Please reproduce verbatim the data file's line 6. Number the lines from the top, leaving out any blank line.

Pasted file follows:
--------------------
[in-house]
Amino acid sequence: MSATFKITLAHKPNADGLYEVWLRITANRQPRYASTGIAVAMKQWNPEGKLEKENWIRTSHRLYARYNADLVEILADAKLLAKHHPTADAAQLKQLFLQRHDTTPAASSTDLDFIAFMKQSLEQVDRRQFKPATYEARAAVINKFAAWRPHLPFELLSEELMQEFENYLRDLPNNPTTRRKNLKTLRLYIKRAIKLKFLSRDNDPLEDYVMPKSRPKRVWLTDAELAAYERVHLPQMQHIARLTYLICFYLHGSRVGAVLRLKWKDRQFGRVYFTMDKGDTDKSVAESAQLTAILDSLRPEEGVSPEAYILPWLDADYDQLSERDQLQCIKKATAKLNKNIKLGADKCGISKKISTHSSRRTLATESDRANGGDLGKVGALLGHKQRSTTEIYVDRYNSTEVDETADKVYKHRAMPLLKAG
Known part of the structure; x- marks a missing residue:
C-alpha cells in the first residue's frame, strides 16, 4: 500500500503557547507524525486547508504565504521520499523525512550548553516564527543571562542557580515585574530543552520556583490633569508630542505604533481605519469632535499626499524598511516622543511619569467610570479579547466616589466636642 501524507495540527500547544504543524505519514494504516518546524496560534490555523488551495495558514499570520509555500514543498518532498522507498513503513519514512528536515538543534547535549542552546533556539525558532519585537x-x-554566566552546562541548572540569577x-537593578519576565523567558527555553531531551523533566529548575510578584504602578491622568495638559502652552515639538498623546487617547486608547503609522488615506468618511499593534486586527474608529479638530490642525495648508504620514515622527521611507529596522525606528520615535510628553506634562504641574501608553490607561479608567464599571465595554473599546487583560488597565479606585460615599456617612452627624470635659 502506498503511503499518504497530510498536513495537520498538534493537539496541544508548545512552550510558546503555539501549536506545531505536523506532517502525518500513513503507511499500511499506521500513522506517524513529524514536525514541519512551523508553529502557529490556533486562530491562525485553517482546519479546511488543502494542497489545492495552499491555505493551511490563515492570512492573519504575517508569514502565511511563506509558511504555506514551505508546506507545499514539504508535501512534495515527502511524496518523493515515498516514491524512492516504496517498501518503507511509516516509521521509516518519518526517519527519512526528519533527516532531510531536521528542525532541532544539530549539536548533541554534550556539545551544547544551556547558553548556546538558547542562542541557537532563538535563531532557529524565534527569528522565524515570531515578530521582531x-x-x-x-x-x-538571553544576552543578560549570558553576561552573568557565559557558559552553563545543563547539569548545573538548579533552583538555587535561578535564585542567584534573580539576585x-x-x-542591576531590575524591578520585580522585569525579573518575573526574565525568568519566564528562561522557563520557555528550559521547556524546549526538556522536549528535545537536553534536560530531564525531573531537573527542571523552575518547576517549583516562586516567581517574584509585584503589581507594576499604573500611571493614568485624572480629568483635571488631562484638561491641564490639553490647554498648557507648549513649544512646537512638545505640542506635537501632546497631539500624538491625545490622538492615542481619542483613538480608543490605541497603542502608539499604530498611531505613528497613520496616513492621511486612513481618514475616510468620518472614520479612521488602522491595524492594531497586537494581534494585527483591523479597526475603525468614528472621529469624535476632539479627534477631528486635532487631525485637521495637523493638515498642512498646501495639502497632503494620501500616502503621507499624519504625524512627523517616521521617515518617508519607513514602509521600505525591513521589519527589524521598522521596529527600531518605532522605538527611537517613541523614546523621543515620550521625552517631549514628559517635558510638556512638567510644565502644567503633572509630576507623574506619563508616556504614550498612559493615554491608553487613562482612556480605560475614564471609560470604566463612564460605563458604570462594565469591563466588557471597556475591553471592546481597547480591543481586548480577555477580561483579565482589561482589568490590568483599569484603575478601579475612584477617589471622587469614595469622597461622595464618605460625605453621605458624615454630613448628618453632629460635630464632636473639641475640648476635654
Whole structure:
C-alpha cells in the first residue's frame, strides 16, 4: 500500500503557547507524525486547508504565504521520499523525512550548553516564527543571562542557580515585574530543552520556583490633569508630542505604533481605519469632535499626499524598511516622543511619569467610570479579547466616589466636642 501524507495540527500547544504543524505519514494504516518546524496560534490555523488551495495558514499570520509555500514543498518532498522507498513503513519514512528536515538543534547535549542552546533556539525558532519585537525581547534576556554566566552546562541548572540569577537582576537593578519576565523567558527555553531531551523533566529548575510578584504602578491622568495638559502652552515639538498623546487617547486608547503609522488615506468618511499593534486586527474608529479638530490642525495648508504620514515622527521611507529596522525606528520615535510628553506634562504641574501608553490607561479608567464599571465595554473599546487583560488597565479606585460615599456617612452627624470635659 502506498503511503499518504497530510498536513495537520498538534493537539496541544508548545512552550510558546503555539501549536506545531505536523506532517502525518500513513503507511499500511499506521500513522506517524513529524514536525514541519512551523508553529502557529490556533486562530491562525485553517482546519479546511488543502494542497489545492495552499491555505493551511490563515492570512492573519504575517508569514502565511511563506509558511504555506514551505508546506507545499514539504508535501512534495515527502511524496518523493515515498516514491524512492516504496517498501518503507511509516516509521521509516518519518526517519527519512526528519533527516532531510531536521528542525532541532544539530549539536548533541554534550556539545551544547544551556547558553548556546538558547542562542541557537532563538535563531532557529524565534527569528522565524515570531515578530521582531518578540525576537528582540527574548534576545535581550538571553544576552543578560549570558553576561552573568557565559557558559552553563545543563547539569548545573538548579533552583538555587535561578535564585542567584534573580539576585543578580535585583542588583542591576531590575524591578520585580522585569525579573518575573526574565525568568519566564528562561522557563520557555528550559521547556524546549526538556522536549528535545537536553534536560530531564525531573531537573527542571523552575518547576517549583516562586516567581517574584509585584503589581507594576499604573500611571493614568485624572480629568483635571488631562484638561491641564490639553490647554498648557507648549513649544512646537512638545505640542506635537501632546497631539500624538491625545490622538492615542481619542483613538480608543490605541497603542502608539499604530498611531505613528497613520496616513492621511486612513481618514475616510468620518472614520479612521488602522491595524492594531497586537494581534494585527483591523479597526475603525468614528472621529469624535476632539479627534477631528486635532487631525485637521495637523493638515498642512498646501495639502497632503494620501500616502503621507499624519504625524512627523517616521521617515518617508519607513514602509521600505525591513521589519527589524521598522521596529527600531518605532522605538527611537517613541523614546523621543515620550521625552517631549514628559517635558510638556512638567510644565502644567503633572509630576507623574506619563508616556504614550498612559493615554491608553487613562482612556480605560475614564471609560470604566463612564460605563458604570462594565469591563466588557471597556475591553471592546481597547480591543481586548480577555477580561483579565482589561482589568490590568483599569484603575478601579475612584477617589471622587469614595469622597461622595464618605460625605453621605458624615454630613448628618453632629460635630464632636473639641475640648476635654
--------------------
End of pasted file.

C-alpha cells in the first residue's frame, strides 16, 4: 500500500503557547507524525486547508504565504521520499523525512550548553516564527543571562542557580515585574530543552520556583490633569508630542505604533481605519469632535499626499524598511516622543511619569467610570479579547466616589466636642 501524507495540527500547544504543524505519514494504516518546524496560534490555523488551495495558514499570520509555500514543498518532498522507498513503513519514512528536515538543534547535549542552546533556539525558532519585537525581547534576556554566566552546562541548572540569577537582576537593578519576565523567558527555553531531551523533566529548575510578584504602578491622568495638559502652552515639538498623546487617547486608547503609522488615506468618511499593534486586527474608529479638530490642525495648508504620514515622527521611507529596522525606528520615535510628553506634562504641574501608553490607561479608567464599571465595554473599546487583560488597565479606585460615599456617612452627624470635659 502506498503511503499518504497530510498536513495537520498538534493537539496541544508548545512552550510558546503555539501549536506545531505536523506532517502525518500513513503507511499500511499506521500513522506517524513529524514536525514541519512551523508553529502557529490556533486562530491562525485553517482546519479546511488543502494542497489545492495552499491555505493551511490563515492570512492573519504575517508569514502565511511563506509558511504555506514551505508546506507545499514539504508535501512534495515527502511524496518523493515515498516514491524512492516504496517498501518503507511509516516509521521509516518519518526517519527519512526528519533527516532531510531536521528542525532541532544539530549539536548533541554534550556539545551544547544551556547558553548556546538558547542562542541557537532563538535563531532557529524565534527569528522565524515570531515578530521582531518578540525576537528582540527574548534576545535581550538571553544576552543578560549570558553576561552573568557565559557558559552553563545543563547539569548545573538548579533552583538555587535561578535564585542567584534573580539576585543578580535585583542588583542591576531590575524591578520585580522585569525579573518575573526574565525568568519566564528562561522557563520557555528550559521547556524546549526538556522536549528535545537536553534536560530531564525531573531537573527542571523552575518547576517549583516562586516567581517574584509585584503589581507594576499604573500611571493614568485624572480629568483635571488631562484638561491641564490639553490647554498648557507648549513649544512646537512638545505640542506635537501632546497631539500624538491625545490622538492615542481619542483613538480608543490605541497603542502608539499604530498611531505613528497613520496616513492621511486612513481618514475616510468620518472614520479612521488602522491595524492594531497586537494581534494585527483591523479597526475603525468614528472621529469624535476632539479627534477631528486635532487631525485637521495637523493638515498642512498646501495639502497632503494620501500616502503621507499624519504625524512627523517616521521617515518617508519607513514602509521600505525591513521589519527589524521598522521596529527600531518605532522605538527611537517613541523614546523621543515620550521625552517631549514628559517635558510638556512638567510644565502644567503633572509630576507623574506619563508616556504614550498612559493615554491608553487613562482612556480605560475614564471609560470604566463612564460605563458604570462594565469591563466588557471597556475591553471592546481597547480591543481586548480577555477580561483579565482589561482589568490590568483599569484603575478601579475612584477617589471622587469614595469622597461622595464618605460625605453621605458624615454630613448628618453632629460635630464632636473639641475640648476635654